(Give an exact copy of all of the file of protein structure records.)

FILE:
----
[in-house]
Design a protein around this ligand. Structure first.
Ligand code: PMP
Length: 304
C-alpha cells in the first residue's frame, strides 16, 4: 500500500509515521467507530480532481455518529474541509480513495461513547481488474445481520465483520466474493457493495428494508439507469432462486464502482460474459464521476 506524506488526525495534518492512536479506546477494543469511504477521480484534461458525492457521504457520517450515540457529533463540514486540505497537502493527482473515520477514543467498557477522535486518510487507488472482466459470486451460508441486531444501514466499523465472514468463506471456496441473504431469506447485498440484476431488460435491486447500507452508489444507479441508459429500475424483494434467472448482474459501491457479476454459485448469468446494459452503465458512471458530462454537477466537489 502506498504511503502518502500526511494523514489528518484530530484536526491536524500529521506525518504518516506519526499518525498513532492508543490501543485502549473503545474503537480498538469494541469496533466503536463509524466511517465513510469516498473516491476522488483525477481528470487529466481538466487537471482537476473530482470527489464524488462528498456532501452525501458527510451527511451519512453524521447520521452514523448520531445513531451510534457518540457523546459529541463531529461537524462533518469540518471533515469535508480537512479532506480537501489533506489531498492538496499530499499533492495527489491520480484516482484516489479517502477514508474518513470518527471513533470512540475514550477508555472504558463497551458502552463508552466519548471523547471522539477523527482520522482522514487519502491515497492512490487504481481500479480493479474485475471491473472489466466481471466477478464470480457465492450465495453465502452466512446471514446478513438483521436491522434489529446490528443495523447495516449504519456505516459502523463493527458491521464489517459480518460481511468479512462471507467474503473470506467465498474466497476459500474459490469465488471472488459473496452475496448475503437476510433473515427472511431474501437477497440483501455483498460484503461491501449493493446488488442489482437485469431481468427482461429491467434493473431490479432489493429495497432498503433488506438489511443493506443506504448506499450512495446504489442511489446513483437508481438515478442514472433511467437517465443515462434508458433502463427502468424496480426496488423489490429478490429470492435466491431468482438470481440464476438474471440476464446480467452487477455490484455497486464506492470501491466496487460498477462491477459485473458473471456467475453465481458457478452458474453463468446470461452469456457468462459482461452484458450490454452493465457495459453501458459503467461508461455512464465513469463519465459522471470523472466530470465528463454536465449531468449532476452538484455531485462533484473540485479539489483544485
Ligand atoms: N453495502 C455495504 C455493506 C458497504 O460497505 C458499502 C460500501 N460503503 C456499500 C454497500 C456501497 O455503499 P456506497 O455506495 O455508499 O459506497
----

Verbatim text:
[in-house]
Design a protein around this ligand. Structure first.
Ligand code: PMP
Length: 304
C-alpha cells in the first residue's frame, strides 16, 4: 500500500509515521467507530480532481455518529474541509480513495461513547481488474445481520465483520466474493457493495428494508439507469432462486464502482460474459464521476 506524506488526525495534518492512536479506546477494543469511504477521480484534461458525492457521504457520517450515540457529533463540514486540505497537502493527482473515520477514543467498557477522535486518510487507488472482466459470486451460508441486531444501514466499523465472514468463506471456496441473504431469506447485498440484476431488460435491486447500507452508489444507479441508459429500475424483494434467472448482474459501491457479476454459485448469468446494459452503465458512471458530462454537477466537489 502506498504511503502518502500526511494523514489528518484530530484536526491536524500529521506525518504518516506519526499518525498513532492508543490501543485502549473503545474503537480498538469494541469496533466503536463509524466511517465513510469516498473516491476522488483525477481528470487529466481538466487537471482537476473530482470527489464524488462528498456532501452525501458527510451527511451519512453524521447520521452514523448520531445513531451510534457518540457523546459529541463531529461537524462533518469540518471533515469535508480537512479532506480537501489533506489531498492538496499530499499533492495527489491520480484516482484516489479517502477514508474518513470518527471513533470512540475514550477508555472504558463497551458502552463508552466519548471523547471522539477523527482520522482522514487519502491515497492512490487504481481500479480493479474485475471491473472489466466481471466477478464470480457465492450465495453465502452466512446471514446478513438483521436491522434489529446490528443495523447495516449504519456505516459502523463493527458491521464489517459480518460481511468479512462471507467474503473470506467465498474466497476459500474459490469465488471472488459473496452475496448475503437476510433473515427472511431474501437477497440483501455483498460484503461491501449493493446488488442489482437485469431481468427482461429491467434493473431490479432489493429495497432498503433488506438489511443493506443506504448506499450512495446504489442511489446513483437508481438515478442514472433511467437517465443515462434508458433502463427502468424496480426496488423489490429478490429470492435466491431468482438470481440464476438474471440476464446480467452487477455490484455497486464506492470501491466496487460498477462491477459485473458473471456467475453465481458457478452458474453463468446470461452469456457468462459482461452484458450490454452493465457495459453501458459503467461508461455512464465513469463519465459522471470523472466530470465528463454536465449531468449532476452538484455531485462533484473540485479539489483544485
Ligand atoms: N453495502 C455495504 C455493506 C458497504 O460497505 C458499502 C460500501 N460503503 C456499500 C454497500 C456501497 O455503499 P456506497 O455506495 O455508499 O459506497